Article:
Referring now to FIG. 10, a method for deleting a record or a name in a phone interface directory is illustrated, in accordance with the present invention. The method is initiated at block 500 wherein the phone interface system has determined that a phone interface user wishes to delete a name in the phone directory. At block 502 the system response with the message “phone delete name” (using the actual name spoken by the user), indicating to the user what the system has recognized. At block 504 the system asks the user to say “yes” or “no” for confirming that the user wishes to delete the name. The system then waits for the user to respond and if the system does not receive a recognizable command the message “please say yes or no” will be repeated, as represented by blocks 506 and 508. Not until the system has prompted the user to respond for the third time will 'the system issue the command “delete cancelled”, as represented by blocks 506, 508, and 510.

However, when the system detects a recognizable command a recognition result is determined at block 512. If the system has determined that the user has responded affirmatively then the system issues the message “name deleted”, as represented by blocks 514 and 516. Alternatively, if the system has determined that the user has responded in the negative then the system will issue the message “delete cancelled”, as represented by blocks 518 and 520.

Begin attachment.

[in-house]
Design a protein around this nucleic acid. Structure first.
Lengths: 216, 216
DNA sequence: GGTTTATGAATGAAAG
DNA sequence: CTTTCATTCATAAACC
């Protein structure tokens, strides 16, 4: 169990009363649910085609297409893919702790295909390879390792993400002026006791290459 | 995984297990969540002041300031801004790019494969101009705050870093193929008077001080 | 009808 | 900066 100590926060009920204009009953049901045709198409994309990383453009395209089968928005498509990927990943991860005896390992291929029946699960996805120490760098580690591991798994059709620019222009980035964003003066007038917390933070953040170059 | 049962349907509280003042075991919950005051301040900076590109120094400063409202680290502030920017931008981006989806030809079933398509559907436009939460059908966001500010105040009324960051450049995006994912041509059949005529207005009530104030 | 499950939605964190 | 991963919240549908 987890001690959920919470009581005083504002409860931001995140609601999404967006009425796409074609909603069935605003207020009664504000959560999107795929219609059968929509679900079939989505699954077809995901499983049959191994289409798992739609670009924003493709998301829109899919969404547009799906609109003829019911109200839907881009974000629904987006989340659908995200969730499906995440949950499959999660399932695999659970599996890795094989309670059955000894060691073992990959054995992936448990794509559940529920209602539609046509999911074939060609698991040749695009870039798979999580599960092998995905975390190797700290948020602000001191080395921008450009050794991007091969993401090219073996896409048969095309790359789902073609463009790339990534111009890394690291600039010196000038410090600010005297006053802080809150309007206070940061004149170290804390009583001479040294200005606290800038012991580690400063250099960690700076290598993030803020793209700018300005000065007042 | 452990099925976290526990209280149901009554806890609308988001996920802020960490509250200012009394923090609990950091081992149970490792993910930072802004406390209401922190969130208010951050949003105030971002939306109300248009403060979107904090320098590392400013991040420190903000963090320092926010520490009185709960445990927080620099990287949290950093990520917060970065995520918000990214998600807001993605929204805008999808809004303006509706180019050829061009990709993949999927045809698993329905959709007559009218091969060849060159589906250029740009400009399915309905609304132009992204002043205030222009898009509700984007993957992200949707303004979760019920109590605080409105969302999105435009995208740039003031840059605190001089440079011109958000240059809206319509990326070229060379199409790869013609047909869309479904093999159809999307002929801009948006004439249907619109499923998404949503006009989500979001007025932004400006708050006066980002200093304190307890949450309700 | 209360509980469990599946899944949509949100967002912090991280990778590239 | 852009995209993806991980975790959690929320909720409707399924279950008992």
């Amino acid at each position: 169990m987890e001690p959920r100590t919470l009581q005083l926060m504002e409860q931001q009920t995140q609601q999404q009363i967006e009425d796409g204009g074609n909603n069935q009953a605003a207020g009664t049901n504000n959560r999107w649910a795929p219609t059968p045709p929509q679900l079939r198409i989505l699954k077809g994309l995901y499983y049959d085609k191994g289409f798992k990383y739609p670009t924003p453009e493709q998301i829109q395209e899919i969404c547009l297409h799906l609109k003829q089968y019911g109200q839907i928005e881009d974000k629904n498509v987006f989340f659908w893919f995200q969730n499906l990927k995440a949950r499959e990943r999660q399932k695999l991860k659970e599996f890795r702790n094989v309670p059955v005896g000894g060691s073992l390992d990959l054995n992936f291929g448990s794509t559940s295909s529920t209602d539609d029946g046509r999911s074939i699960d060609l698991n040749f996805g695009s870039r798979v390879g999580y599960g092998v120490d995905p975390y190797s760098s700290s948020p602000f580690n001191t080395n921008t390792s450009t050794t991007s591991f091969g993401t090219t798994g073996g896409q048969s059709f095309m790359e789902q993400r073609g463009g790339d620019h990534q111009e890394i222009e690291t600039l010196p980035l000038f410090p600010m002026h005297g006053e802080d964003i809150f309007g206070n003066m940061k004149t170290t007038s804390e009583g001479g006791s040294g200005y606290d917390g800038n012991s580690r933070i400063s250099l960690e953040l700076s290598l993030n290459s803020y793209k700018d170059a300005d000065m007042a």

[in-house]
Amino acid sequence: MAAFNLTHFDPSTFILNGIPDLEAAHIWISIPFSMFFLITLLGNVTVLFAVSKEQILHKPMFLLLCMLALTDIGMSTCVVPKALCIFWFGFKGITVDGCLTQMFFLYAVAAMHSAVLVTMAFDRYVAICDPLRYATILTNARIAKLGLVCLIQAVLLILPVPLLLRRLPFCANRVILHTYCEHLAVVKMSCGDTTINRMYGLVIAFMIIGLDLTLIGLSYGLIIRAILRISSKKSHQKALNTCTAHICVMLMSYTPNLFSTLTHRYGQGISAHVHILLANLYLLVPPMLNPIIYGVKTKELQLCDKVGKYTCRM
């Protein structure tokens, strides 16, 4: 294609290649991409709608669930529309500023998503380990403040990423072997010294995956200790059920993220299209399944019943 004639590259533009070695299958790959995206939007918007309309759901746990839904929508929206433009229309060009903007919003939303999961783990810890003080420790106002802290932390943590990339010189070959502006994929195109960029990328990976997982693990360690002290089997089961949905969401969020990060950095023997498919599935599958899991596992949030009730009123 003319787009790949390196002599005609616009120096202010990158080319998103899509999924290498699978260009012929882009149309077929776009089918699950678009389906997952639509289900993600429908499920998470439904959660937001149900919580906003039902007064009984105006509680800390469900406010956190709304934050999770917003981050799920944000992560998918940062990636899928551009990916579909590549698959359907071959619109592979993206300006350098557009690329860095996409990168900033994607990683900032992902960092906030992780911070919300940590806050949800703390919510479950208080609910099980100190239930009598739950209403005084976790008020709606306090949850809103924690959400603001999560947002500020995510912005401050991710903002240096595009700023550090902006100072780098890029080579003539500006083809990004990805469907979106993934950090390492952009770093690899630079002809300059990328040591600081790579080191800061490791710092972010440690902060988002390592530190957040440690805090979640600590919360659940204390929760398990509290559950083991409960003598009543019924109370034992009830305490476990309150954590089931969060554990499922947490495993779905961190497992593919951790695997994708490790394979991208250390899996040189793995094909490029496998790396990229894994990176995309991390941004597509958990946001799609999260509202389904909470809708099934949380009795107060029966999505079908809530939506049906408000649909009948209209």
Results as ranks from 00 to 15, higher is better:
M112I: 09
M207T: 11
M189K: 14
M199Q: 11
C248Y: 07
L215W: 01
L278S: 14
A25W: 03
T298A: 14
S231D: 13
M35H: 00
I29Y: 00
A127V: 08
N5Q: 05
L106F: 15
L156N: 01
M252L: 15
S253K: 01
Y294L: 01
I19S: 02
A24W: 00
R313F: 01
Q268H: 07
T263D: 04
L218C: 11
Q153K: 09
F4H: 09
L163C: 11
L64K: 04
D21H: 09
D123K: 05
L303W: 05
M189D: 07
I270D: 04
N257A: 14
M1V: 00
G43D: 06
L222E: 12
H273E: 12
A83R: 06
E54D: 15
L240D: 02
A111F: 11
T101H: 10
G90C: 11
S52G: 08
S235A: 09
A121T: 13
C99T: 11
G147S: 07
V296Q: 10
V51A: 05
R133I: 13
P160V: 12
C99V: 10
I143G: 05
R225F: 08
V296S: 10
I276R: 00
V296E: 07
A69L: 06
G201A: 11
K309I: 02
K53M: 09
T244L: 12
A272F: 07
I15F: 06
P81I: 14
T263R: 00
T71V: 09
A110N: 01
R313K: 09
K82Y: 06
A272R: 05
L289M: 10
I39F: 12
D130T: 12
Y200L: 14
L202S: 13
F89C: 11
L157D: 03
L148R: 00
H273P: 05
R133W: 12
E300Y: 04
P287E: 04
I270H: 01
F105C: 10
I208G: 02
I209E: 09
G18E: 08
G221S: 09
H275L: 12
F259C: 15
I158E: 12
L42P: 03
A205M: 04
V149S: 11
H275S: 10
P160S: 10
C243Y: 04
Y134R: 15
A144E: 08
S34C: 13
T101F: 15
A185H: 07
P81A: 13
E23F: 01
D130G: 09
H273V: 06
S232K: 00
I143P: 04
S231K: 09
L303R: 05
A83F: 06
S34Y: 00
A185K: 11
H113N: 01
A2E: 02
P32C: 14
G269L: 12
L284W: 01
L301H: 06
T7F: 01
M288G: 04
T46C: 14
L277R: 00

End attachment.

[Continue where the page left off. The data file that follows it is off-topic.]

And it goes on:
Referring now to FIG. 11, a method for deleting the directory of a phone interface system is illustrated, in accordance with the present invention. The method is initiated at block 550 where the system has determined that a user wishes to delete the phone directory. At block 552 the system issues the message “phone delete directory”. At block 554, the system asks the user to respond “yes” or “no”. The detection routine is initiated at block 556 and the message “please say yes or no” is repeated three times, as represented by block 358. After the third time the system issues the message “delete cancelled”, as represented by block 560.